The second album fired on all cylinders

The second album fired on all cylinders

Bittersweet And Twisted (MP3 Download)

Customer Review

The second album of the English Quireboys does not seem to be as popular among fans. Often I could read about it, that it was a weak, commercialized successor of the debut. Produced by Bob Rock (Metallica, Motley Crue, The Cult) is "Bitter, Sweet & Twisted" really something tailored to the American market, and can be quite with music from bands like Guns N 'Roses, Faster Pussycat, Cinderella and Aerosmith compare ,

Especially something sleazige, bluesy rockers like the opener "Tramps And Thieves", "White Trash Blues" which driven by a slide guitar "My Saint Jew", and accented by a cowbell conclusion "Is not Love Blind" tend musically the bluesy US rock end of the 80. But that does not mean in my opinion that the Quireboys have given up their very own, English charm it. "Bitter, Sweet & Twisted" is a fundamentally decent, fine rock and roll album, which is located by-as-before in the tradition of the British, of R & B-influenced rock bands à la The Rolling Stones, Faces and Humble Pie.

Unlike the great debut "A Bit Of What You Fancy" Quireboys come across a lot tighter and mellowed. Was their first album still quite playful and perhaps sounded a little too much like the Faces, Quireboys found with "Bitter Sweet And Twisted" to a somewhat more independent, more mature sound. The album is also developed significantly and much more diversified, which through so different, but great songs like the weird, little boogie-even pub rock N'Roller "Can not Park Here", enriched with swinging horns, sluggish, something sounding after Sinatra "Debbie", the revamped Blues "Ode To You", and the country and western tune "Hates To Please" is expressed. This wealth of variety follows "Brother Louie", a groovy, very swinging song, which goes back to a song by Errol Brown and Tony Wilson (the British pop band "Hot Chocolate"). The very quiet ballad "King Of New York", "The Last Time", and "Take No Revenge" ensure more reflective moments on "Bitter, Sweet & Twisted". The rock n'rollige "Wild, Wild, Wild" is perhaps the only song that could have been also the debut album can be. I see already, I am counting on the entire album - 14 songs, and in my opinion, no loss there.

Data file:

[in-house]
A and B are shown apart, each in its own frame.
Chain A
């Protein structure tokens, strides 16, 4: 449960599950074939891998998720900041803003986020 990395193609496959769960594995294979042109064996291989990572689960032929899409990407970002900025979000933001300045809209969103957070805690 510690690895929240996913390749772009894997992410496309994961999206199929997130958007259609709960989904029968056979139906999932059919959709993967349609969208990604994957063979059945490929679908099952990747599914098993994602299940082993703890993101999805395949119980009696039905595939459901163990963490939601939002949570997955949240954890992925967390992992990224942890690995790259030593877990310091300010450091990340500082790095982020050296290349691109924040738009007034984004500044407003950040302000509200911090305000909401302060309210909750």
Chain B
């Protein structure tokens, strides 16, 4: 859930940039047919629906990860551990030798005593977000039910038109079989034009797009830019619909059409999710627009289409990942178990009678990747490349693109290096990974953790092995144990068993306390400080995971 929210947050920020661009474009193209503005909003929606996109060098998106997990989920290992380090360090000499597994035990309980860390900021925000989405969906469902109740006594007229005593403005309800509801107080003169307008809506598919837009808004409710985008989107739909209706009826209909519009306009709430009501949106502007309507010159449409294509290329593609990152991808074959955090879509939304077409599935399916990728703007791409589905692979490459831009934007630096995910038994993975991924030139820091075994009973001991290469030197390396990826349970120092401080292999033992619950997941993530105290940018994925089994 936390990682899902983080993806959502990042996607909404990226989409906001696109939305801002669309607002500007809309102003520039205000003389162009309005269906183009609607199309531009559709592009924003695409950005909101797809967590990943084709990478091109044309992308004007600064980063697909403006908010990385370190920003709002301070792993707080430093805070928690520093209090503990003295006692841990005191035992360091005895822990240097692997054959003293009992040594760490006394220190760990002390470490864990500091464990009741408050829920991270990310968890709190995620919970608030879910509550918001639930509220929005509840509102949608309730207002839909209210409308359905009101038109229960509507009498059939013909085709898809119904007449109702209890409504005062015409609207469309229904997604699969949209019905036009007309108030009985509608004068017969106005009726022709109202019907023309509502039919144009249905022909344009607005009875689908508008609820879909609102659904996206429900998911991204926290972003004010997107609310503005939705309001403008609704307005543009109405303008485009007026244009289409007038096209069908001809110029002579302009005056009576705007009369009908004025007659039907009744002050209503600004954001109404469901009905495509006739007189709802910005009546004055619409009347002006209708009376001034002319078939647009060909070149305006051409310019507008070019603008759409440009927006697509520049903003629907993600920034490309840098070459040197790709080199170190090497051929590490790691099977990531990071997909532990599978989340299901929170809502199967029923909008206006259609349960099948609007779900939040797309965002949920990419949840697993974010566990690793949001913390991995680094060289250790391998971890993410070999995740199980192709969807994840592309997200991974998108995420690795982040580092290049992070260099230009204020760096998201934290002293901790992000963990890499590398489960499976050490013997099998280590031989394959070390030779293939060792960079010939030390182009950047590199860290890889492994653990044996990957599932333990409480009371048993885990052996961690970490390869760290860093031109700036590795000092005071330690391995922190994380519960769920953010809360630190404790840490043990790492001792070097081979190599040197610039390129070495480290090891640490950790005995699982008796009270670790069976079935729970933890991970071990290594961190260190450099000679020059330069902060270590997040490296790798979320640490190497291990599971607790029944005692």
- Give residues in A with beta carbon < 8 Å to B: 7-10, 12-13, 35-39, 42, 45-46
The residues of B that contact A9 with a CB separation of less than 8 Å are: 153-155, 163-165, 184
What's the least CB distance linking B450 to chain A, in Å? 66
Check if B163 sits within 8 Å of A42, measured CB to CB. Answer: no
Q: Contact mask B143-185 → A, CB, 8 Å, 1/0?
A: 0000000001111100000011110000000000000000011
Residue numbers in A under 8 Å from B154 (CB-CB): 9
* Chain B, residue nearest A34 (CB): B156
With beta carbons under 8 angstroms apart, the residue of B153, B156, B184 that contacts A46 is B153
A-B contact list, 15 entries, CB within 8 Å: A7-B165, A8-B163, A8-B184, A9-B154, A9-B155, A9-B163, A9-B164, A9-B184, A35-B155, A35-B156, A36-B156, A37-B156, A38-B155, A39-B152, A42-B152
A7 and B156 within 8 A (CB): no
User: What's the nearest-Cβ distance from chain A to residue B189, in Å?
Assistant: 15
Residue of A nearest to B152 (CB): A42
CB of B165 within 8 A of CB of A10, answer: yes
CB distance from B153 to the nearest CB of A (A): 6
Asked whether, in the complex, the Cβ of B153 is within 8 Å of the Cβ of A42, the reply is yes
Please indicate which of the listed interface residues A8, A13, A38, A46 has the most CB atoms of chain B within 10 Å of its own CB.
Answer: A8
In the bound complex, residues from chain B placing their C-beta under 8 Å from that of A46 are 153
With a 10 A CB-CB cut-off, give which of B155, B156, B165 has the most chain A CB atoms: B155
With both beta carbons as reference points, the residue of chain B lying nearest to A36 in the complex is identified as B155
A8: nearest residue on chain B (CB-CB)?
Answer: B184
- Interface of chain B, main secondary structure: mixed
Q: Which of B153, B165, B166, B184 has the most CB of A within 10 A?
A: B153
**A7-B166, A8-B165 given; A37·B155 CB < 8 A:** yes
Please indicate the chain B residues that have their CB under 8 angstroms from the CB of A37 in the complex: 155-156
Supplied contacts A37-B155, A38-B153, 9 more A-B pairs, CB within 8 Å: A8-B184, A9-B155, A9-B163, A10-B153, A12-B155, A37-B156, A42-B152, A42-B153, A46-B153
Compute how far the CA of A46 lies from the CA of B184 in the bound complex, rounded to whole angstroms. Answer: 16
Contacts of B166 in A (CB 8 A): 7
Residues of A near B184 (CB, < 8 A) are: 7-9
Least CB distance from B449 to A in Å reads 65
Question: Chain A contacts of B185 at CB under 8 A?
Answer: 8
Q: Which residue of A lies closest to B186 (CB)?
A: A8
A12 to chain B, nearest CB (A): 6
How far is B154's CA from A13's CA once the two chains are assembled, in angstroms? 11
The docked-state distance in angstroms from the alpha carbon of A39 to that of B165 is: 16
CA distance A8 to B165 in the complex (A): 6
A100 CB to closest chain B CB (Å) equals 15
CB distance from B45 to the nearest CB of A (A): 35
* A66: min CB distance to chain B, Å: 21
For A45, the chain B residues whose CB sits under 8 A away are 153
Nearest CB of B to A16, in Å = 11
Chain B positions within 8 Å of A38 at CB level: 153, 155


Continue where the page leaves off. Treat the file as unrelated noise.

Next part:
In the background is typical for Quireboys Honky Tonk piano is of course always perceive, which was much better integrated in my opinion, in the songs than on "A Bit Of What You Fancy". In addition, the band went back to a rich, diverse instrumentation, which is evidenced by sitar, mandolin, harmonica, Hammond B3 Organ, Clavinet, winds and strings.

Released in 1993, the album was released too late to do anything to tear in to-be-cross grunge boom, although at this time the so-called 'roots' rock with bands like the Black Crowes celebrated a great revival. If one end of the 80 stands on rock and roll of the 70-years, and or or sleazy, bluesy US rock, one should "Bitter, Sweet & Twisted" quite antesten times. I think that the more than worthwhile. At least I see the album on a par with such albums as "pumping" by Aerosmith, "Heartbreak Station" of Cinderella, or "Use Your Illusion" by Guns N'Roses, without it would be a poor imitation. The Quireboys are not a copy, they are not Guns N 'Roses or the Rolling Stones. They are also not the faces or Rod Stewart. They are definitely a fantastic damn rock and roll band that does not disappoint one. Too bad that was the Quireboys granted no similar success.